Patrick Moorhead Senior Contributor Opinions expressed by Forbes Contributors are their own.
Senior Contributor Opinions expressed by Forbes Contributors are their own.
Opinions expressed by Forbes Contributors are their own.
I write about disruptive companies, technologies and usage models.
New!Follow this author to stay notified about their latest stories.
New!Click on the conversation bubble to join the conversation
Press play to listen to this article!
Last week, Intel held its annual Intel Innovation event, IntelON, where I was fortunate enough to attend in person and meet up with Pat Gelsinger, CEO of Intel, for a conversation with industry analysts. Net-net, my conversations with each of the GMs and Gelsinger’s keynote have increased my confidence in the company and its future prospects.
IntelON is a conference for developers. Last year’s IntelON event focused heavily on the value of developers as the center of value creation. IntelON 2022 reinforces this focus on developers and extends it to the open-source community. Intel has many welcomed announcements in the data center, and for gamers and content creators with new GPUs and Intel’s 13th gen processors. Without spoiling anything, let’s jump into the announcements.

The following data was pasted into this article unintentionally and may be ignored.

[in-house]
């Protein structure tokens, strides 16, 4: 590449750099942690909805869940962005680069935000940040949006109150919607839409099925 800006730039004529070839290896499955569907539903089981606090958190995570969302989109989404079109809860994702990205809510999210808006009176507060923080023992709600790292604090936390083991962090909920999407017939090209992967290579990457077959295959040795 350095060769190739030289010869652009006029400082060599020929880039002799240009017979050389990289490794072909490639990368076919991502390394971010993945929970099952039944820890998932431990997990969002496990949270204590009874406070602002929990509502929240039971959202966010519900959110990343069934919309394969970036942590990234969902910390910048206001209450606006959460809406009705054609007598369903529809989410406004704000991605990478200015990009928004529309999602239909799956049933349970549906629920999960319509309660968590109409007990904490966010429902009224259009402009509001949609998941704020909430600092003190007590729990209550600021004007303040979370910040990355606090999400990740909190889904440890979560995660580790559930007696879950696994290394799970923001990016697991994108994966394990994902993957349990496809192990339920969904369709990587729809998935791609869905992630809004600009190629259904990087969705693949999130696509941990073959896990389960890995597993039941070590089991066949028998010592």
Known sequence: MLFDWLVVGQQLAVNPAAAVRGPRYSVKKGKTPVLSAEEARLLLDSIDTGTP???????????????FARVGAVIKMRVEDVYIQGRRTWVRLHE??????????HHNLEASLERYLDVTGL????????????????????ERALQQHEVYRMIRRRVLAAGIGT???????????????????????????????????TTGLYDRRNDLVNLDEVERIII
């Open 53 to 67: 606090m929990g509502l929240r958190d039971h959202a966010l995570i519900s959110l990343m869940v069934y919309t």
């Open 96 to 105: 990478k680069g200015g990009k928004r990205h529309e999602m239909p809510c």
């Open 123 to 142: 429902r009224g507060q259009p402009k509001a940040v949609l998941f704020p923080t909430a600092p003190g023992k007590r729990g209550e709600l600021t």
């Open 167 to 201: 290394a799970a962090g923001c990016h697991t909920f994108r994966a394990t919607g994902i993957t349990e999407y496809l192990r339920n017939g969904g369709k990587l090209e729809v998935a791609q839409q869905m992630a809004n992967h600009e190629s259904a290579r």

What I won’t be covering yet as I am still researching it is Intel’s dive into monetized software and services.
“Moore’s Law is alive and well”
Gelsinger and Intel has always been a big proponent of Moore’s law, the idea that the number of transistors will double with every semiconductor generation. Gelsinger predicted that the industry will have a trillion transistors by the end of the decade, up from a 100 billion today. Gelsinger doubled down on its “Five nodes in four years” and after personally talking with Gelsinger, my confidence is up. Lest we forget Intel’s end-to-end foundry play with its desired acquisition of Tower Semi. And massive fab investments, the most recent announcement being the first shovels in the ground in Columbus with enough room for 20 fabs. This end-to-end foundry moves Intel into Intel’s systems foundry (IFS) era from a system on a chip (SoC) to a system in package (SiP) with what Intel claims as the broadest portfolio of differentiated technologies.
I believe Intel’s differentiated end-to-end foundry has incredible capabilities and I am glad the company didn’t spin out the capability. IFS has four components—wafers, packaging, software and an open chiplet ecosystem. Gelsinger highlighted how novel packaging is giving designers the tools to increase the number of transistors per device, stewarding Moore’s Law. All makes sense to me.
MORE FROMFORBES ADVISOR